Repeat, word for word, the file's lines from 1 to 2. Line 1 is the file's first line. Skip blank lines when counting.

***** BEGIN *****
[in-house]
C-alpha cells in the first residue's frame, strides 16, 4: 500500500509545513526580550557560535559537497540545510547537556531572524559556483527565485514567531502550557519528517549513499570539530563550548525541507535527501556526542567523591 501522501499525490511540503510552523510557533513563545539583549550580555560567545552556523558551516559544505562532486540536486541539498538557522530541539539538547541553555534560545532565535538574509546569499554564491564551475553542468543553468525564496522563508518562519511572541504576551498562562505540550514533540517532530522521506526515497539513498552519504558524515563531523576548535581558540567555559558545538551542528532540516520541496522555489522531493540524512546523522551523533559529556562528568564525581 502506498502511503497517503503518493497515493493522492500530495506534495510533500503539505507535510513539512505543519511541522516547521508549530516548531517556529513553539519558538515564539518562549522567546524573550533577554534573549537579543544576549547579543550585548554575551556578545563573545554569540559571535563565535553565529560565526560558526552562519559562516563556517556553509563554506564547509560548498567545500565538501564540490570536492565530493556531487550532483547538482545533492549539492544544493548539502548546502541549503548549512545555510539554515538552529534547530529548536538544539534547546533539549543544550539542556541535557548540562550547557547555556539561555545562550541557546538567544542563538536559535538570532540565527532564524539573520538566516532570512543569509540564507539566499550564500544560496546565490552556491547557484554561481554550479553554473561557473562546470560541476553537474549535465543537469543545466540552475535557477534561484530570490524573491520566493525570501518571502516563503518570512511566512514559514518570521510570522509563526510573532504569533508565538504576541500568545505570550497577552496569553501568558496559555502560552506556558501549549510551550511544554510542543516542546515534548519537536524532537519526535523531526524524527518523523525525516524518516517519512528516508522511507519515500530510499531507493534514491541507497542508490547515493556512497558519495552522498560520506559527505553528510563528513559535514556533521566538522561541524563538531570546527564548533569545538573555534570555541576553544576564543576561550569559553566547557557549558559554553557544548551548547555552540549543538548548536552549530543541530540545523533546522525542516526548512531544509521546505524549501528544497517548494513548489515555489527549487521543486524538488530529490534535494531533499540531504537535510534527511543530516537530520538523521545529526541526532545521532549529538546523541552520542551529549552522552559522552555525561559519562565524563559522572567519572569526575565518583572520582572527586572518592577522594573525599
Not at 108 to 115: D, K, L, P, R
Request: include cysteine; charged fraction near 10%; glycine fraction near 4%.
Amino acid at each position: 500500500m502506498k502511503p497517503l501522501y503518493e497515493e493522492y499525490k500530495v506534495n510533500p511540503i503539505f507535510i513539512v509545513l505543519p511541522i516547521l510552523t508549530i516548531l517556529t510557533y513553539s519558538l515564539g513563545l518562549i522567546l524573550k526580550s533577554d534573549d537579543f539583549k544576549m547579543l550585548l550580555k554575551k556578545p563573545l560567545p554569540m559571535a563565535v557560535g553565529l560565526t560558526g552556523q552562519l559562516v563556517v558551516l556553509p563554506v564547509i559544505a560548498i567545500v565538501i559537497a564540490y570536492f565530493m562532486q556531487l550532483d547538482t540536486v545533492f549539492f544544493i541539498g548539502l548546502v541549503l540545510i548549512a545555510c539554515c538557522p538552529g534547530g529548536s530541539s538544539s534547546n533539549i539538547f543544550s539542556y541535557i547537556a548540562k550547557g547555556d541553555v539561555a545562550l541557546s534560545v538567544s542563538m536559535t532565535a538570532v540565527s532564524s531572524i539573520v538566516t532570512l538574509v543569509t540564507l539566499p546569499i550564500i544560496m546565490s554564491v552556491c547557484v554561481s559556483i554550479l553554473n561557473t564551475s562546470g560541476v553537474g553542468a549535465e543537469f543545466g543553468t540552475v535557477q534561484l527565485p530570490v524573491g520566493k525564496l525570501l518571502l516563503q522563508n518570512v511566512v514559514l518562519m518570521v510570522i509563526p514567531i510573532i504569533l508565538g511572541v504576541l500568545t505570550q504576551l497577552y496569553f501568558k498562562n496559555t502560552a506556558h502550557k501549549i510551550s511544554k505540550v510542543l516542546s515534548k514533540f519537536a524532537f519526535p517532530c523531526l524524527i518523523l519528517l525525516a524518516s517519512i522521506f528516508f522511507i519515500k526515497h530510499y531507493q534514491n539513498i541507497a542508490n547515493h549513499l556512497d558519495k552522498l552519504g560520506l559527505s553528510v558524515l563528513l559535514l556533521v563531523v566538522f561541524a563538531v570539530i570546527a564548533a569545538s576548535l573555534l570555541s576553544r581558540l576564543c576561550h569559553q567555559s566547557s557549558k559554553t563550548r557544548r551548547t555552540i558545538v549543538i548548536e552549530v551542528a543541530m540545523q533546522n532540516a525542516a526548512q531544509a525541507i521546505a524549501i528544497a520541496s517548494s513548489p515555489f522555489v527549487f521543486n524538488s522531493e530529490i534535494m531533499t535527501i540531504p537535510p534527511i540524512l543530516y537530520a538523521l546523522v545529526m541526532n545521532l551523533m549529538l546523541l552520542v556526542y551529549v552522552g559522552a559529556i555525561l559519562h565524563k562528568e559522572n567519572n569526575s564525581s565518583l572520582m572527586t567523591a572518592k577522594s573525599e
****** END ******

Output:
[in-house]
C-alpha cells in the first residue's frame, strides 16, 4: 500500500509545513526580550557560535559537497540545510547537556531572524559556483527565485514567531502550557519528517549513499570539530563550548525541507535527501556526542567523591 501522501499525490511540503510552523510557533513563545539583549550580555560567545552556523558551516559544505562532486540536486541539498538557522530541539539538547541553555534560545532565535538574509546569499554564491564551475553542468543553468525564496522563508518562519511572541504576551498562562505540550514533540517532530522521506526515497539513498552519504558524515563531523576548535581558540567555559558545538551542528532540516520541496522555489522531493540524512546523522551523533559529556562528568564525581 502506498502511503497517503503518493497515493493522492500530495506534495510533500503539505507535510513539512505543519511541522516547521508549530516548531517556529513553539519558538515564539518562549522567546524573550533577554534573549537579543544576549547579543550585548554575551556578545563573545554569540559571535563565535553565529560565526560558526552562519559562516563556517556553509563554506564547509560548498567545500565538501564540490570536492565530493556531487550532483547538482545533492549539492544544493548539502548546502541549503548549512545555510539554515538552529534547530529548536538544539534547546533539549543544550539542556541535557548540562550547557547555556539561555545562550541557546538567544542563538536559535538570532540565527532564524539573520538566516532570512543569509540564507539566499550564500544560496546565490552556491547557484554561481554550479553554473561557473562546470560541476553537474549535465543537469543545466540552475535557477534561484530570490524573491520566493525570501518571502516563503518570512511566512514559514518570521510570522509563526510573532504569533508565538504576541500568545505570550497577552496569553501568558496559555502560552506556558501549549510551550511544554510542543516542546515534548519537536524532537519526535523531526524524527518523523525525516524518516517519512528516508522511507519515500530510499531507493534514491541507497542508490547515493556512497558519495552522498560520506559527505553528510563528513559535514556533521566538522561541524563538531570546527564548533569545538573555534570555541576553544576564543576561550569559553566547557557549558559554553557544548551548547555552540549543538548548536552549530543541530540545523533546522525542516526548512531544509521546505524549501528544497517548494513548489515555489527549487521543486524538488530529490534535494531533499540531504537535510534527511543530516537530520538523521545529526541526532545521532549529538546523541552520542551529549552522552559522552555525561559519562565524563559522572567519572569526575565518583572520582572527586572518592577522594573525599